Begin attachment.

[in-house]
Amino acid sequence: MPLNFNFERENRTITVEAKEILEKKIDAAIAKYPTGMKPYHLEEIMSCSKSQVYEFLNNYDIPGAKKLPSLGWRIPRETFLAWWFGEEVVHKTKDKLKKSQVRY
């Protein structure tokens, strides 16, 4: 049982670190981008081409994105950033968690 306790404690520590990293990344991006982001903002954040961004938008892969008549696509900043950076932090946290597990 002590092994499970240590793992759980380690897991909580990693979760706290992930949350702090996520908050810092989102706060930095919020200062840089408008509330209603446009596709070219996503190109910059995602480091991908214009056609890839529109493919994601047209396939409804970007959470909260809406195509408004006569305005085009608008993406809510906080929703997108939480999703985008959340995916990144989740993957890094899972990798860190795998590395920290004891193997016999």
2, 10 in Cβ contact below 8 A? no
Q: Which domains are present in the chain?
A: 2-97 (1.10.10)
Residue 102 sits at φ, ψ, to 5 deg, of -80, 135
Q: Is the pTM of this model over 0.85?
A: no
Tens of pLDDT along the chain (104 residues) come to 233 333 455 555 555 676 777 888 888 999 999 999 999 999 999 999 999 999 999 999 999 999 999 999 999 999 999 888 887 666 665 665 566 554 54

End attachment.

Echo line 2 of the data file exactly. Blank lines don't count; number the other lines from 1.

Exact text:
Amino acid sequence: MPLNFNFERENRTITVEAKEILEKKIDAAIAKYPTGMKPYHLEEIMSCSKSQVYEFLNNYDIPGAKKLPSLGWRIPRETFLAWWFGEEVVHKTKDKLKKSQVRY